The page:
Clicking Open Object makes your image open in Photoshop as a smart object (you'll see the layer thumbnail has a little page icon in the bottom-right corner). Now we need a second version of this image, because the sky looks way too light in this version. In our second version of this RAW file, we'll focus on just the sky. If you were to duplicate the layer by dragging it onto the Create a New Layer icon, the double-processing wouldn't work. That's because the duplicate layer would be tied to the original layer, so any changes you made to the duplicate would also automatically be applied to the original layer. We need to be able to edit these two layers separately from each other. Basically, we need to break the link between the two layers. To do that, go to the Layers panel, Right-click on the layer, and from the pop-up menu that appears, choose New Smart Object via Copy. This gives you a duplicate layer, but breaks the link to the original layer.
Now, double-click directly on this duplicate layer's thumbnail and it opens this duplicate in Camera Raw. Here, you're going to expose for the sky, without any regard for how the foreground looks (it will turn really dark, but who caresâ”you've already got a version with it properly exposed on its own separate layer, right?). So, drag the Exposure slider way over to the left (I went to -0.85), and drag the Highlights slider to -23 to help darken the sky. I also dragged the Temperature and Tint sliders a little to the right to warm the color of the sky, and lastly, I increased the Clarity to +35 (it made the clouds look a little more interesting). Once the sky looks good, click OK.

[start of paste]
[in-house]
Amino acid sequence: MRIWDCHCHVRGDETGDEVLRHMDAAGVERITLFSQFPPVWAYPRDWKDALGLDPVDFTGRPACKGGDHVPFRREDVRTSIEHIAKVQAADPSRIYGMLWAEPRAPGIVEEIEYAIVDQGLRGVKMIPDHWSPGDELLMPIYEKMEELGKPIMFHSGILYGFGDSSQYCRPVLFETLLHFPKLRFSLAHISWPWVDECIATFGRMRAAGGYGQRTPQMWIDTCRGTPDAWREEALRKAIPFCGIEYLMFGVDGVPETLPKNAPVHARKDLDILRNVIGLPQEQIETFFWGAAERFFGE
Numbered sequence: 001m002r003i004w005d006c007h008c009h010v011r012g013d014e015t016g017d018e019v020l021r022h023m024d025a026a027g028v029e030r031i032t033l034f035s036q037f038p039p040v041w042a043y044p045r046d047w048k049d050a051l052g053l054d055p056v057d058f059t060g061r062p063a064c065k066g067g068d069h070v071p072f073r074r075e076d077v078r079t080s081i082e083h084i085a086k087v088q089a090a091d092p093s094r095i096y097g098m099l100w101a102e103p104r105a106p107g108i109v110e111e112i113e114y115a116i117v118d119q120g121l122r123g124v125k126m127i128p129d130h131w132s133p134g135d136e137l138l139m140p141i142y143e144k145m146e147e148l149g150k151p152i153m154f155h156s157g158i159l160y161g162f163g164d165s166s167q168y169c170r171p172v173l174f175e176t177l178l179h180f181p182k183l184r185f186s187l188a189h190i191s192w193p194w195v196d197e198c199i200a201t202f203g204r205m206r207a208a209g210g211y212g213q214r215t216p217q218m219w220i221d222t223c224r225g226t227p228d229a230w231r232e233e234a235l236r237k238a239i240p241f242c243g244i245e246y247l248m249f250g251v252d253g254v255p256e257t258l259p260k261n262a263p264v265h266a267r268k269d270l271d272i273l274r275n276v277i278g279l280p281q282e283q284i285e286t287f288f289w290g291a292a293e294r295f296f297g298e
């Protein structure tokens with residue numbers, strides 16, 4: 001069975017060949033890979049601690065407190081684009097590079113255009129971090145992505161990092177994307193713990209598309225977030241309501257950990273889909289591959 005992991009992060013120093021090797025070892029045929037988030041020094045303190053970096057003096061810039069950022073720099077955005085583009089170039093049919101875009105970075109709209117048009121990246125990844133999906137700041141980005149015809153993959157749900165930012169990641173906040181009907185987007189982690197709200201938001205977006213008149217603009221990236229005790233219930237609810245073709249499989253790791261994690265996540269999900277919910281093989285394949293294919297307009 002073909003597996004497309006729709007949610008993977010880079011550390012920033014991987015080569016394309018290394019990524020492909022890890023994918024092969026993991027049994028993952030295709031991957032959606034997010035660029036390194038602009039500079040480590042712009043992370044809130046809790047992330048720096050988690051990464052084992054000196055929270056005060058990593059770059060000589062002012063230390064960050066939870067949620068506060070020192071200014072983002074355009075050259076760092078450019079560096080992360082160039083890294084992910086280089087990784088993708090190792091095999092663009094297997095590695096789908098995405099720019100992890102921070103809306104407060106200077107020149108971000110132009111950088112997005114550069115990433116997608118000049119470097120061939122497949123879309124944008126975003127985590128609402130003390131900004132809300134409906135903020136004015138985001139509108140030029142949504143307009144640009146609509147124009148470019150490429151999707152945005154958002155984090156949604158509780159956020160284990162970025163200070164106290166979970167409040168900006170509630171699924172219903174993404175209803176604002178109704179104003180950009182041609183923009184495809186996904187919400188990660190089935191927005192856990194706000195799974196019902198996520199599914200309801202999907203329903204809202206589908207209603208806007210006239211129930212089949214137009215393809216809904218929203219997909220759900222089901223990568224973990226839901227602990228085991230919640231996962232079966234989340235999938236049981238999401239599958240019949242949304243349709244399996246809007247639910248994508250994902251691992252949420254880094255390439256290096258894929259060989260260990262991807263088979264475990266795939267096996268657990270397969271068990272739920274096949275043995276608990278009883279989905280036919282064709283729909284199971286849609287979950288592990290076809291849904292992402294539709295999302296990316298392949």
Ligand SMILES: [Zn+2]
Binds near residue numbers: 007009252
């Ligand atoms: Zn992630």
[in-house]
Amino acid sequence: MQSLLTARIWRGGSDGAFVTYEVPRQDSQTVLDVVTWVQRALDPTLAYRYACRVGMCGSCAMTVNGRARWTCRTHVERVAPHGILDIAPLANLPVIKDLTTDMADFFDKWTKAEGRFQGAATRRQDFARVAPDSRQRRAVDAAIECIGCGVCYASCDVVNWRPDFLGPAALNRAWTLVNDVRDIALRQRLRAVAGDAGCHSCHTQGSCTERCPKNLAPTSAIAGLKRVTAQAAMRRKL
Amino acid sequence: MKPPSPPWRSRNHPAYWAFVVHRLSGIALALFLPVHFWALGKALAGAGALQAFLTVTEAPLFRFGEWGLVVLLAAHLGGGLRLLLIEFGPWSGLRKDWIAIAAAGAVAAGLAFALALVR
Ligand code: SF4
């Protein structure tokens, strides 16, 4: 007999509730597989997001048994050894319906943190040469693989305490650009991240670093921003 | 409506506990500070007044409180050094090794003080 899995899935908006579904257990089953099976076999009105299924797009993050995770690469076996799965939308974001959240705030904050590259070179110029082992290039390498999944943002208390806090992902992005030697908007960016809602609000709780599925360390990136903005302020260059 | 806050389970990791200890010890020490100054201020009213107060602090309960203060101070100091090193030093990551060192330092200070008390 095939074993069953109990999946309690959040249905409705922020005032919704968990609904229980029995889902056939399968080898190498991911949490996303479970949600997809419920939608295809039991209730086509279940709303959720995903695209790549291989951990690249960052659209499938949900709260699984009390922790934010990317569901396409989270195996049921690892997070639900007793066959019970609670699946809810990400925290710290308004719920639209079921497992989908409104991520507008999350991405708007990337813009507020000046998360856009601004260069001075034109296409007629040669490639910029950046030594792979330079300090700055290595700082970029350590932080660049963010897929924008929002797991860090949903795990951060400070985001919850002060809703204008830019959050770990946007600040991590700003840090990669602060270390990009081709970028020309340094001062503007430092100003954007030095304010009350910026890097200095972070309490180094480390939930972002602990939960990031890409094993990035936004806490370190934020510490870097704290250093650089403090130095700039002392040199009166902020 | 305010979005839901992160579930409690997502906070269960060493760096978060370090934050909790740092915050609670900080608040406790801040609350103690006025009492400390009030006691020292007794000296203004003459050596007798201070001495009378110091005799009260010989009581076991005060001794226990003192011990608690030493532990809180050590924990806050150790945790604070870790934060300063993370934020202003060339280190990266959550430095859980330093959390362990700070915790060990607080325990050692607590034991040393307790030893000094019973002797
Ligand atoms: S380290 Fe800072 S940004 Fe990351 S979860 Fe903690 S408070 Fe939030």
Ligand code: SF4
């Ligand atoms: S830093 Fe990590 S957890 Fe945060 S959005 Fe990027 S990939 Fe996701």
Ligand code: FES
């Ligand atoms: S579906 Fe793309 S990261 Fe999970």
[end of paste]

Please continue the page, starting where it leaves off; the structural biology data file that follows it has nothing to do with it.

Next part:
You now have two versions of your photo, each on a different layerâ”the brighter one exposed for the rocks in the foreground on the bottom layer, and the darker sky version on the layer directly on top of itâ”and they are perfectly aligned, one on top of the other. This is why we call it "double-processing," because you have two versions of the same image, each processed differently. Now what we need to do is combine these two different layers (with different exposures) into one single image that combines the best of both. It'll be easier if we have the image with the properly exposed rocks as our top layer, so click on that layer and drag it above the darker sky layer (as seen here). We'll combine the images with a layer mask, but rather than painstakingly painting it, we can cheat and use the Quick Selection tool (W). So, get it from the Toolbox and paint over the rocks and foreground, and it selects them for you in just a few seconds (as shown here).